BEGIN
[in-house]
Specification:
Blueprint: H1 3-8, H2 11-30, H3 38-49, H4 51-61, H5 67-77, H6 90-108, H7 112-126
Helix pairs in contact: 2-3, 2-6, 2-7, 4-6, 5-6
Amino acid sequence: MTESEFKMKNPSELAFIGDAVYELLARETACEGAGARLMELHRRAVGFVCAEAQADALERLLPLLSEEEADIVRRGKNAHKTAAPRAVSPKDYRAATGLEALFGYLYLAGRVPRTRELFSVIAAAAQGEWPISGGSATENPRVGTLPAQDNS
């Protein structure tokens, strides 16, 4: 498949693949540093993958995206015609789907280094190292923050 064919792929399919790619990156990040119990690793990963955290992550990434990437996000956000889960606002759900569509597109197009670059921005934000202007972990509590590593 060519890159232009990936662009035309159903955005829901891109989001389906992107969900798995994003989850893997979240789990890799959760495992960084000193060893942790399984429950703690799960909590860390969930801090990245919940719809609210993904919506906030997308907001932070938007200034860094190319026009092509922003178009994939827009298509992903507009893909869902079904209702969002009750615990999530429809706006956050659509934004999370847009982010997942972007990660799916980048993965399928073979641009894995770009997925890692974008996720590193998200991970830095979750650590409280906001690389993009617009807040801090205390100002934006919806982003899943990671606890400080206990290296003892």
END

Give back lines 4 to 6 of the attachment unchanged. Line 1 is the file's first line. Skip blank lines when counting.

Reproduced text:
Helix pairs in contact: 2-3, 2-6, 2-7, 4-6, 5-6
Amino acid sequence: MTESEFKMKNPSELAFIGDAVYELLARETACEGAGARLMELHRRAVGFVCAEAQADALERLLPLLSEEEADIVRRGKNAHKTAAPRAVSPKDYRAATGLEALFGYLYLAGRVPRTRELFSVIAAAAQGEWPISGGSATENPRVGTLPAQDNS
């Protein structure tokens, strides 16, 4: 498949693949540093993958995206015609789907280094190292923050 064919792929399919790619990156990040119990690793990963955290992550990434990437996000956000889960606002759900569509597109197009670059921005934000202007972990509590590593 060519890159232009990936662009035309159903955005829901891109989001389906992107969900798995994003989850893997979240789990890799959760495992960084000193060893942790399984429950703690799960909590860390969930801090990245919940719809609210993904919506906030997308907001932070938007200034860094190319026009092509922003178009994939827009298509992903507009893909869902079904209702969002009750615990999530429809706006956050659509934004999370847009982010997942972007990660799916980048993965399928073979641009894995770009997925890692974008996720590193998200991970830095979750650590409280906001690389993009617009807040801090205390100002934006919806982003899943990671606890400080206990290296003892």